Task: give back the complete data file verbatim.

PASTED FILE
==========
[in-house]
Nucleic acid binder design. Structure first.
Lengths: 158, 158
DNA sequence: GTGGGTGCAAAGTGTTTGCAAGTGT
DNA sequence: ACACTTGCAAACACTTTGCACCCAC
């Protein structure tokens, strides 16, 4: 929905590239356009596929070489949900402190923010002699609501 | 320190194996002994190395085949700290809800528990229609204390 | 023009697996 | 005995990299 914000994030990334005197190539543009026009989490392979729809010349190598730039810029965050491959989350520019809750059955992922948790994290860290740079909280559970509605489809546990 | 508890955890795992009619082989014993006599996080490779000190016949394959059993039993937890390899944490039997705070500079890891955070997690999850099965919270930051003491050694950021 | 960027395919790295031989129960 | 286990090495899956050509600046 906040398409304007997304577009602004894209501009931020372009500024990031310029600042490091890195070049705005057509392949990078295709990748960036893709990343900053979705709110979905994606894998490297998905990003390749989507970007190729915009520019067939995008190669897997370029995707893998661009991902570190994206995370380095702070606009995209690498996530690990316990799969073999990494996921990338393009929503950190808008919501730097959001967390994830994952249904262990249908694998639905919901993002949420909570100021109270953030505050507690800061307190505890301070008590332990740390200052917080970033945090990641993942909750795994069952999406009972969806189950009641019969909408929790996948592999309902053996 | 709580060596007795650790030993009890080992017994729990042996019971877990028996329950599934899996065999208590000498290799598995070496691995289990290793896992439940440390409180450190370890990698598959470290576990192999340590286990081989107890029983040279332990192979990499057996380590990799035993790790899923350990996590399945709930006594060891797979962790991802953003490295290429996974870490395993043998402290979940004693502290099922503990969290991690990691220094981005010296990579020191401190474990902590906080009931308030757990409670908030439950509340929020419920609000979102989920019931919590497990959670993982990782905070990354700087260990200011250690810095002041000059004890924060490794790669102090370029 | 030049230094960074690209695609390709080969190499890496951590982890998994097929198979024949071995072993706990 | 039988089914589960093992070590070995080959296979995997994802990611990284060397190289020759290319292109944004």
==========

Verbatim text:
[in-house]
Nucleic acid binder design. Structure first.
Lengths: 158, 158
DNA sequence: GTGGGTGCAAAGTGTTTGCAAGTGT
DNA sequence: ACACTTGCAAACACTTTGCACCCAC
């Protein structure tokens, strides 16, 4: 929905590239356009596929070489949900402190923010002699609501 | 320190194996002994190395085949700290809800528990229609204390 | 023009697996 | 005995990299 914000994030990334005197190539543009026009989490392979729809010349190598730039810029965050491959989350520019809750059955992922948790994290860290740079909280559970509605489809546990 | 508890955890795992009619082989014993006599996080490779000190016949394959059993039993937890390899944490039997705070500079890891955070997690999850099965919270930051003491050694950021 | 960027395919790295031989129960 | 286990090495899956050509600046 906040398409304007997304577009602004894209501009931020372009500024990031310029600042490091890195070049705005057509392949990078295709990748960036893709990343900053979705709110979905994606894998490297998905990003390749989507970007190729915009520019067939995008190669897997370029995707893998661009991902570190994206995370380095702070606009995209690498996530690990316990799969073999990494996921990338393009929503950190808008919501730097959001967390994830994952249904262990249908694998639905919901993002949420909570100021109270953030505050507690800061307190505890301070008590332990740390200052917080970033945090990641993942909750795994069952999406009972969806189950009641019969909408929790996948592999309902053996 | 709580060596007795650790030993009890080992017994729990042996019971877990028996329950599934899996065999208590000498290799598995070496691995289990290793896992439940440390409180450190370890990698598959470290576990192999340590286990081989107890029983040279332990192979990499057996380590990799035993790790899923350990996590399945709930006594060891797979962790991802953003490295290429996974870490395993043998402290979940004693502290099922503990969290991690990691220094981005010296990579020191401190474990902590906080009931308030757990409670908030439950509340929020419920609000979102989920019931919590497990959670993982990782905070990354700087260990200011250690810095002041000059004890924060490794790669102090370029 | 030049230094960074690209695609390709080969190499890496951590982890998994097929198979024949071995072993706990 | 039988089914589960093992070590070995080959296979995997994802990611990284060397190289020759290319292109944004």